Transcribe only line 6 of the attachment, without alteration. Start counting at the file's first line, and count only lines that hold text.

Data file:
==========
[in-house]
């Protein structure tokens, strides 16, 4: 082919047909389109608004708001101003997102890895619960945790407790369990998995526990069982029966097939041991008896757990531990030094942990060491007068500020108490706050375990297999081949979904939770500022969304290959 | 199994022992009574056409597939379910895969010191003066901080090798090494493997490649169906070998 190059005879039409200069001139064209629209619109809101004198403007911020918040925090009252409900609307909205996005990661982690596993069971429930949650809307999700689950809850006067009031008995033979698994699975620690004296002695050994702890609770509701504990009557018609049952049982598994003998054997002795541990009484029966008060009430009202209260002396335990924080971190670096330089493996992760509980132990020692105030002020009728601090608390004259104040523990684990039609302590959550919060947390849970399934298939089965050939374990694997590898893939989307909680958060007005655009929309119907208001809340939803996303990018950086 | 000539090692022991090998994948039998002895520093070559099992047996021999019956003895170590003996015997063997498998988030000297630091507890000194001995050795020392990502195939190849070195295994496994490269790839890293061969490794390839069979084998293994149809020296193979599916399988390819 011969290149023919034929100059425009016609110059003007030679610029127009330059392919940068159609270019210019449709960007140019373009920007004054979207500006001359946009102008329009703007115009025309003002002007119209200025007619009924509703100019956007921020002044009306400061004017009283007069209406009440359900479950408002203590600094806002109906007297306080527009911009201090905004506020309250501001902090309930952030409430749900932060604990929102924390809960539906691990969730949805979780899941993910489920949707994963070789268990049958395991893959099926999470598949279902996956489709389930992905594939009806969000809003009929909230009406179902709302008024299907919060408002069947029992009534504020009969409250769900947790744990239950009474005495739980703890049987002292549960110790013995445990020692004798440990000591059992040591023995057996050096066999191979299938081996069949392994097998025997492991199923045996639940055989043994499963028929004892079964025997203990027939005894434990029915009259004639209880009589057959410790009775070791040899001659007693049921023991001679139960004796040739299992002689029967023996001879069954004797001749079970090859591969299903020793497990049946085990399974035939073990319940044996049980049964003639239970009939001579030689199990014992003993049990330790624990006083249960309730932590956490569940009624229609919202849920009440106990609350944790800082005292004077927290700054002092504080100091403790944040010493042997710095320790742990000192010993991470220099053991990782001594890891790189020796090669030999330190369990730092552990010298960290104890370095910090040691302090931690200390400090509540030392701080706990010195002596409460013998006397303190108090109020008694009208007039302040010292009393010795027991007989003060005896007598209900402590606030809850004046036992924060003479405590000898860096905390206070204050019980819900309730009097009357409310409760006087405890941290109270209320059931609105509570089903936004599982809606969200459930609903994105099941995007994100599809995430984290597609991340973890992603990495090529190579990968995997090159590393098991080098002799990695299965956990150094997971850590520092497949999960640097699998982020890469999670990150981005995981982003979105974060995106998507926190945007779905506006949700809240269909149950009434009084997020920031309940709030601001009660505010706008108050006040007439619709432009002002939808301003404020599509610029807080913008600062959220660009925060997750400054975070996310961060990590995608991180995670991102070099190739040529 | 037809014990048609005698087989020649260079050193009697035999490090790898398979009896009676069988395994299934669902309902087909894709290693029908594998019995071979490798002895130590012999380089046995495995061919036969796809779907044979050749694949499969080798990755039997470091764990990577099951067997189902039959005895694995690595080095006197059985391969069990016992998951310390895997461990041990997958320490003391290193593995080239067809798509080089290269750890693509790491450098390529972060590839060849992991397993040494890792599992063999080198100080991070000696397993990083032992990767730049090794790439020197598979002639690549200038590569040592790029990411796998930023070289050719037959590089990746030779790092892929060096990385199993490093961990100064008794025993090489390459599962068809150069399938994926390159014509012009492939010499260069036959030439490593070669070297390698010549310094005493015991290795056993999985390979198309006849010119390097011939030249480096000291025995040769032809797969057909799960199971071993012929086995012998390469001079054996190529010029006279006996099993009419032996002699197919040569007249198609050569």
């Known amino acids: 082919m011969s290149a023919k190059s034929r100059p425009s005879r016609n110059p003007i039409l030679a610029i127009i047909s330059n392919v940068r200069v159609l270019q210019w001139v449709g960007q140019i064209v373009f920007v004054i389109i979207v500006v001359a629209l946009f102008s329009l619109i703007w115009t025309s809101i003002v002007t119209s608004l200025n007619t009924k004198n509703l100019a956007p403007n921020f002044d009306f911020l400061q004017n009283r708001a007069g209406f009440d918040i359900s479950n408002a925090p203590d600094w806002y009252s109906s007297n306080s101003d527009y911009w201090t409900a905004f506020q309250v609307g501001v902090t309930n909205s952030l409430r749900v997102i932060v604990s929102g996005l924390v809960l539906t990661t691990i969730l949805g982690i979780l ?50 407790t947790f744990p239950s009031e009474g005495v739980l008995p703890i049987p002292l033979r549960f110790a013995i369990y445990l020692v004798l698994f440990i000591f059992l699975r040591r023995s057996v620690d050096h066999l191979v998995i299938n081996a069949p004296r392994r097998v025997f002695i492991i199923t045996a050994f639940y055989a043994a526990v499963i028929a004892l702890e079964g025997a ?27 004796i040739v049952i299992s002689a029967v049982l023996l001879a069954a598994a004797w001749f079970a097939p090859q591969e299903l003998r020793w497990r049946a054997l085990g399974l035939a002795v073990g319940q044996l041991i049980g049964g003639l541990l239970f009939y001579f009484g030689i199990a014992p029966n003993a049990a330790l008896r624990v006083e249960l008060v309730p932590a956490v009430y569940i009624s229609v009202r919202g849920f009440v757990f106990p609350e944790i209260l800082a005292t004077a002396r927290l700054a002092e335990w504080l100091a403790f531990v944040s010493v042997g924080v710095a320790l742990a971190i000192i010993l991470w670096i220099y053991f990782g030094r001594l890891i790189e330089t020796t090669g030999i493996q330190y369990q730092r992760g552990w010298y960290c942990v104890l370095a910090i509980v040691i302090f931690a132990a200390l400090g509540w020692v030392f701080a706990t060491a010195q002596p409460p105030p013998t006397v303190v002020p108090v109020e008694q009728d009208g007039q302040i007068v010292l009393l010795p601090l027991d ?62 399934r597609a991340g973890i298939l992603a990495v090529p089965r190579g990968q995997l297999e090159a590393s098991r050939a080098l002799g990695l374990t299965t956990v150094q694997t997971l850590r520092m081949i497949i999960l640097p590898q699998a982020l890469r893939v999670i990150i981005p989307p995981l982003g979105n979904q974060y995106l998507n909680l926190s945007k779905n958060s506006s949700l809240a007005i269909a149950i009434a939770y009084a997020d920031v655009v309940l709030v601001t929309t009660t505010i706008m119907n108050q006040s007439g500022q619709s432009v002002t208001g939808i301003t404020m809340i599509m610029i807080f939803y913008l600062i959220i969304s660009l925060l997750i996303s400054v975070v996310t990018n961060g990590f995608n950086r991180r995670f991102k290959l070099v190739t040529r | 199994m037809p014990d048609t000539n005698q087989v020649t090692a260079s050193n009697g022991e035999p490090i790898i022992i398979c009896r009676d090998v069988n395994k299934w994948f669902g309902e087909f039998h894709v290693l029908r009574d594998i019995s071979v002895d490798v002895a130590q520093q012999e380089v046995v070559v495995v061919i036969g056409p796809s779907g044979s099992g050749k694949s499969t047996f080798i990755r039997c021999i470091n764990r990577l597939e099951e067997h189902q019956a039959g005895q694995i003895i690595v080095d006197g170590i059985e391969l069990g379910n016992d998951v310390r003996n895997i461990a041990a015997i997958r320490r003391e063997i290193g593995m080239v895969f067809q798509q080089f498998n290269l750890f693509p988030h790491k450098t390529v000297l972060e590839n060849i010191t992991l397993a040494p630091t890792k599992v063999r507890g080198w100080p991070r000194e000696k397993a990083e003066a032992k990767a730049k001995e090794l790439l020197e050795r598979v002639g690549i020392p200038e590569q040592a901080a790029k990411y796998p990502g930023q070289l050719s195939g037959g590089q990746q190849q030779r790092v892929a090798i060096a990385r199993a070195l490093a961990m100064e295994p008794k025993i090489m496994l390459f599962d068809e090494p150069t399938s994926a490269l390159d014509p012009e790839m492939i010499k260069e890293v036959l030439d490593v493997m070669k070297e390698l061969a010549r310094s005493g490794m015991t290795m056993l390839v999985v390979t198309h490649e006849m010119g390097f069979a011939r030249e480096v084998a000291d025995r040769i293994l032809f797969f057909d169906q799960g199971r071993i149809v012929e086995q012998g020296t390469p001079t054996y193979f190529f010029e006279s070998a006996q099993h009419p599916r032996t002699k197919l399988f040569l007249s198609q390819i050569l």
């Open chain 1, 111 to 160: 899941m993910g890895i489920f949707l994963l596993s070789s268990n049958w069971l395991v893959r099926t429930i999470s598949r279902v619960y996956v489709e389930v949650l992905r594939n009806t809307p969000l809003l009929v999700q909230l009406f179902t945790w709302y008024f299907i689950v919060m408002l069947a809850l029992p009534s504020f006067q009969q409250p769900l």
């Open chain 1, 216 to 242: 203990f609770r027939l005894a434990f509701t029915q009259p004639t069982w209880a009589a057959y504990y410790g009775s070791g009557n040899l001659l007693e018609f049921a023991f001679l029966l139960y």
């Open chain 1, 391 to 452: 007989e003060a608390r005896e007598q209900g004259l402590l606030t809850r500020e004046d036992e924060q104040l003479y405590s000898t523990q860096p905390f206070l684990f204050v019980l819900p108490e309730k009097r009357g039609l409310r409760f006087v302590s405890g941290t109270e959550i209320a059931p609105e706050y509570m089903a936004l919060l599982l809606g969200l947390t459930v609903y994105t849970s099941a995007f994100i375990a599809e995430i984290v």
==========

């Open chain 1, 391 to 452: 007989e003060a608390r005896e007598q209900g004259l402590l606030t809850r500020e004046d036992e924060q104040l003479y405590s000898t523990q860096p905390f206070l684990f204050v019980l819900p108490e309730k009097r009357g039609l409310r409760f006087v302590s405890g941290t109270e959550i209320a059931p609105e706050y509570m089903a936004l919060l599982l809606g969200l947390t459930v609903y994105t849970s099941a995007f994100i375990a599809e995430i984290v």